Originally posted on 3/5/2013
Continuing the run of broad-ranging topics with global reach this morning at the 2013 ASAP Global Alliance Summit in Orlando, Christopher Turner discussed how issues of sustainability figure in business planning, particularly alliances, as we look toward the future both as alliance professionals and citizens of the world. In his presentation, “Everybody Get Together: Creating a Sustainable Future,” Turner, director of Rio+20 for the World Business Council for Sustainable Development, and director of state and local government at PricewaterhouseCoopers, emphasized that the future is approaching rapidly and with it the looming challenges represented by climate change, depletion of natural resources, disposal of waste, and water and energy efficiency, among others.
The World Business Council for Sustainable Development (WBCSD), based in Geneva, created an initiative called Vision 2050: what would the world look like in 2050 if its 9 billion people were living sustainably? The WBCSD, in a three-year effort, worked with many companies and interest groups to examine the worst and best cases, and to devise a “trajectory” toward that sustainable view. Vision 2050 assumed two goals: high human development (access to health care, clean water, good living conditions, etc.) and low average biocapacity (or consumption) per person. Within that framework, Turner said, the WBCSD asked: “What are the must-haves? What do businesses need to do in partnership with governments and NGOs to make this happen?”
Many of the programs developed by the WBCSD are “essentially alliances,” said Turner, bringing together on average five to 15 companies for discussion, promotion, and research around these issues, engaging industry along with NGOs, academia, and governments. These programs center around such issues as greenhouse gases, water, cement production sustainability, forestry solutions, electric utilities, efficiency in buildings, and sustainability challenges in urban areas, among others.
Another effort in which the WBCSD has been involved is the United Nations Conference on Sustainable Development, or Rio+20—so named because it took place 20 years after the first Earth Summit held in Rio de Janeiro. The 10-day conference on sustainable development, according to turner, didn’t have a lot of money behind it, and drew up no new treaties or rules, but was the scene of a “tremendous shift, a tipping point, from businesses being seen as pariahs, raping and pillaging, as polluters, to where we’re now seen as a protector. Certainly there’s still a lot of consumption, but the [positive] role of business is unquestioned.”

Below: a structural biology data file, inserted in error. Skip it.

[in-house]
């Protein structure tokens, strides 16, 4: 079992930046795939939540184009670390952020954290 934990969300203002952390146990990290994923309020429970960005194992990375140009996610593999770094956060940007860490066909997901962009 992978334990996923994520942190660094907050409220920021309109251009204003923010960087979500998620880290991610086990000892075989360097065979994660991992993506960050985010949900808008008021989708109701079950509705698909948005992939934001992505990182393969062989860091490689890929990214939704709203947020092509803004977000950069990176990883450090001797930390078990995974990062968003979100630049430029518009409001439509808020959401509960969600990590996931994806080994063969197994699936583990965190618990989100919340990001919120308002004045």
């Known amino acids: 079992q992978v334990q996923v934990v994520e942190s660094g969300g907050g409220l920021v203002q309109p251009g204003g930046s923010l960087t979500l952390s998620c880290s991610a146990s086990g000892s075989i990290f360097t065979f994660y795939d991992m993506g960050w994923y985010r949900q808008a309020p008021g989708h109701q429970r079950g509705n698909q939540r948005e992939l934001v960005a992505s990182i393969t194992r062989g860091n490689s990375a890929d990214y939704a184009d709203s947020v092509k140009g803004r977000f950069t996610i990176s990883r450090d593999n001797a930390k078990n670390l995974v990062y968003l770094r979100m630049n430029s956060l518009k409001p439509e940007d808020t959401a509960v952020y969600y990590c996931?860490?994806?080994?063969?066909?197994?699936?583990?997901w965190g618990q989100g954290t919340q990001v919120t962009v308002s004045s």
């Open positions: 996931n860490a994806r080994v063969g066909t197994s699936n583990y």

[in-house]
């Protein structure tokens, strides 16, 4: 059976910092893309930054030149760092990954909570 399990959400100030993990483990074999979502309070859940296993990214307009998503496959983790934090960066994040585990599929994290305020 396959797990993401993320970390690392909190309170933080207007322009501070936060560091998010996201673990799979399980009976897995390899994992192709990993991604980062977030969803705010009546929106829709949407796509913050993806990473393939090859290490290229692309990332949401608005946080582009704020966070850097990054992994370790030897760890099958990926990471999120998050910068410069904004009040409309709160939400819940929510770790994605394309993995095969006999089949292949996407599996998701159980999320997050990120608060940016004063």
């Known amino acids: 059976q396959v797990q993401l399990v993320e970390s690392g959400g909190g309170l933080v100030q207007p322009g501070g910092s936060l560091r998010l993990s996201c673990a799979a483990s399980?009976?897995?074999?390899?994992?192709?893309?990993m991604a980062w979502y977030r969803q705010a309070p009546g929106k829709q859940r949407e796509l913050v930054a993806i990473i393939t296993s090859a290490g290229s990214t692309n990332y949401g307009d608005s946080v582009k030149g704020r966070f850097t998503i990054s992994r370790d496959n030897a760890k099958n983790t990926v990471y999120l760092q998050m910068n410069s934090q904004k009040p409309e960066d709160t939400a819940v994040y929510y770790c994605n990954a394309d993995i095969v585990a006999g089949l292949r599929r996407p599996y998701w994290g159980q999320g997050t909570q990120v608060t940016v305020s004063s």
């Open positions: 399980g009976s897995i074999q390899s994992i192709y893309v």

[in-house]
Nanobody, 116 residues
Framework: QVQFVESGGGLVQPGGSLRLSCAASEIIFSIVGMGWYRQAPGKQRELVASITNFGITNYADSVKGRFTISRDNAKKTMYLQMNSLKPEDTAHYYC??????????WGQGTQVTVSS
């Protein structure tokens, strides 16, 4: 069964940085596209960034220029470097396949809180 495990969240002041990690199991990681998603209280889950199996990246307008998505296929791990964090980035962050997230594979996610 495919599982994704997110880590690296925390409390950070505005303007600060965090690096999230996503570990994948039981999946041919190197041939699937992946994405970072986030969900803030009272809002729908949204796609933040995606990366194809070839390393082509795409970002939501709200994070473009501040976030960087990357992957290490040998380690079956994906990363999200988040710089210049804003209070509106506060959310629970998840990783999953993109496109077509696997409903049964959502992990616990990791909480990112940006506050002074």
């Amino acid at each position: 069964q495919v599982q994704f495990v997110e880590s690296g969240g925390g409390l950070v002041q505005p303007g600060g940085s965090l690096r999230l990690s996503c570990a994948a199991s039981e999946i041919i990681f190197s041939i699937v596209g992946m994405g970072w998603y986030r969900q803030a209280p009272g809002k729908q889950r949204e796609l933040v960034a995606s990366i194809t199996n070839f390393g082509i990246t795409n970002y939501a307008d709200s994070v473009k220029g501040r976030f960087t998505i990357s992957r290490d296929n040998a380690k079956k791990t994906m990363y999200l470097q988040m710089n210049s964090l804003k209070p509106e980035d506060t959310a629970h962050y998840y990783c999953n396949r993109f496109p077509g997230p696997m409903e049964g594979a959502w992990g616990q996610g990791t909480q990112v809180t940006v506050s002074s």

Turner also highlighted the importance of “people who know how to manage alliances and measure them”—such as, most obviously, the many 2013 ASAP Global Summit attendees in the audience. At Rio+20, Turner said, there were “many groups trying to form alliances to drive real action and investment in sustainability, but very little of it worked” due to too many competing interests, and perhaps an insufficient collaborative mindset. “Very few had the skills and ability to drive that collaboration that you need to drive action and real benefits,” he said.
But times are changing around the world, and businesses are seeing both the risk and the opportunity in sustainability concerns. At the same time, their customers, especially the younger generations, are already clued in to these issues and are demanding more eco-friendly products and services, which has an impact on both the marketing of new products and on the development of those products themselves. And while some products, such as the hybrid Toyota Prius, may not “look cool,” it’s becoming clear that “sustainability is cool—efficiency is cool!” Turner said.
Is there a role in all this for alliance managers? Definitely, said Turner. “Think about the alliances you’re running now and the disruptions you’re facing, and put sustainability on that list.”
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